The whole composition is concentrated around one focal point – "the cow", in order to celebrate fresh dairy products obtained by using only the finest milk.
The milk packaging design project wants to reinvent the classical image of dairy packaging, elevating the symbol of the milk’s creator to a more iconic one.
The organic shapes of the products are using light and clean lines in their design composition and also natural, bio-degradable materials - glass, cork, natural wax.
The creative direction of the swiss milk and cheese packaging design sends the eye directly to the contemporary black and white pattern that covers the body of the animal in question.
The product logo brings a more cheerful feeling to the visual image of the brand.
The customized logo is focusing on one of the symbols of this land where high quality milk is produced, more precisely the train that crosses Swiss mountains.
The handcraft illustrations together with the handwritten typography for the products identifiers have unique and interesting results.
Working with hands, pencils and other instruments on textured paper, combining old with new, crafted details with computer generated elements gives authenticity and value to the dairy packaging design.
Cork is an emerging material that could be nature's solution to many of our environmental concerns. It is harvested by stripping the bark off of cork oak trees to be compressed and heated to become the cork we recognize as bottle stoppers and now cladding. The bark regrows, making cork a completely renewable material that is waterproof, an acoustic insulator and fire resistant.
Food packaging is packaging for food products. A package provides protection, tampering resistance, and special physical, chemical, or biological needs. It may bear a nutrition facts label and other information about food being offered for sale. Food packaging evolves with the progress of knowledge. Material discoveries, manufacturing developments, and new understandings of science shape the history of food packaging.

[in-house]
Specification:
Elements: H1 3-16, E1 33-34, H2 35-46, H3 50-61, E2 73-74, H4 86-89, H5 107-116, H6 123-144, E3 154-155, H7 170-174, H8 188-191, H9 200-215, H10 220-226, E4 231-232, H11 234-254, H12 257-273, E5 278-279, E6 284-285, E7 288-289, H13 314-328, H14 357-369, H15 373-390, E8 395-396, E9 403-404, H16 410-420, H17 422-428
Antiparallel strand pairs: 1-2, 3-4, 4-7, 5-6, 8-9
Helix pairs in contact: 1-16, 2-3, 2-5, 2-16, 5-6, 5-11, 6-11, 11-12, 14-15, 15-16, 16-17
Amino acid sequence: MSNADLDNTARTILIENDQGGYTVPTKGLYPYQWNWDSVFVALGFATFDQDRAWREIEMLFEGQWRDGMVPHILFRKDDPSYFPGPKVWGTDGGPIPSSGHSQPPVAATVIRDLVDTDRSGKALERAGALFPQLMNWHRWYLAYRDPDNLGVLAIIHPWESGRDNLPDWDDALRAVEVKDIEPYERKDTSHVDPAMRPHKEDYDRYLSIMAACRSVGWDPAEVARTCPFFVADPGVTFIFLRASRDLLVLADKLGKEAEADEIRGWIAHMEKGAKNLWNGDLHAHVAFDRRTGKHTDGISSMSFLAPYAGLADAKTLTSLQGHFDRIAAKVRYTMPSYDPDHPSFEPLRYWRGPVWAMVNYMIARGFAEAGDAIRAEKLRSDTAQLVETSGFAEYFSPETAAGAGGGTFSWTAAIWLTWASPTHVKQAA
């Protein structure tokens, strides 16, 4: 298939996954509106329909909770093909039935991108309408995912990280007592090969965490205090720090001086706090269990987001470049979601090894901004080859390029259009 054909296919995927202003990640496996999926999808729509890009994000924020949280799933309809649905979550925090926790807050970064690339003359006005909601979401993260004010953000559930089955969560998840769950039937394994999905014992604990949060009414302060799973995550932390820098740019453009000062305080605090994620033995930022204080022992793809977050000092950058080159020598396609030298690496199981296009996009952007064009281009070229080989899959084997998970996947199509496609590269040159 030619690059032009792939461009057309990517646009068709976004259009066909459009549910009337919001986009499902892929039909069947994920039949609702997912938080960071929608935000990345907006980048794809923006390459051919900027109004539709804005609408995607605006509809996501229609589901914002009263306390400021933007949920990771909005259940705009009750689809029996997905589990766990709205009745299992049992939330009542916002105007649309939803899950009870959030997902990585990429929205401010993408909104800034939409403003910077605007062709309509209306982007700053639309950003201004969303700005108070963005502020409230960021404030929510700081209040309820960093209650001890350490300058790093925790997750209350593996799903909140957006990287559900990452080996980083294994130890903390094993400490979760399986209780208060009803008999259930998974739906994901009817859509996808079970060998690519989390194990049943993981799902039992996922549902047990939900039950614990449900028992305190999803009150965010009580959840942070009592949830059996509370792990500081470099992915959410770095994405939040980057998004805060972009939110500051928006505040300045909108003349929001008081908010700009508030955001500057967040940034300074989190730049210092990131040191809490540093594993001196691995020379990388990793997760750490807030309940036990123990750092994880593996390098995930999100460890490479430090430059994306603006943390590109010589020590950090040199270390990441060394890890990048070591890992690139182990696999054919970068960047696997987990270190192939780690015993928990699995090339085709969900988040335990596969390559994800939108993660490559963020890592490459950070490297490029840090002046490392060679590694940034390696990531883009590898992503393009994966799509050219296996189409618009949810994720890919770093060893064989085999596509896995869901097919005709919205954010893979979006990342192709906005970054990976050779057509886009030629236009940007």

The first kind of food packaging came around in the form of wrappers. Wrappers for candies, bread, meat, etc. became extremely popular since their invention in 18th century in Europe. The earliest types of food packaging that existed in the United States were paper, cloth, wooden crates, and glass.
The first metal can was invented in 1809 after General Napoleon Bonaparte made an offer of 12,000 francs for anyone who could invent a method to preserve food for his army. Nicholas Appert, a Frenchman, invented the method of sealing food in tin, airtight cans and sterilizing them through a boiling process. Manufacturers later used tinplate, which is typically steel with a tin coating, to create cans.
From the early 1900’s to the 1960’s, glass dominated the liquids market until metal and plastic became commercially available.
Today, "plastic packaging (both flexible and rigid) continues to lead growth" in the food packaging industry. Reduced packaging and sustainable packaging are becoming more frequent as the world is becoming aware of the environmental issues.
The food packaging market is evolving to become interactive, aware, and intelligent. The industry calls this evolution “smart packaging”. Smart packaging is a conversation between people, brands, and objects and that smart packaging enhances consumers’ experience with products.
Dairy products are part of our lives for many centuries, so milk bottle and cheese packaging were always very important for preserving the fresh products and attracting customers.
By the 1920s, glass milk bottles had become the norm in the UK after slowly being introduced from the US before World War I. Milk bottles before the 1930s were round. In 1935, slender-neck bottles were introduced in the UK.
Cheese packaging can be both practical and original and it is showcasing the quality and diversity of the product.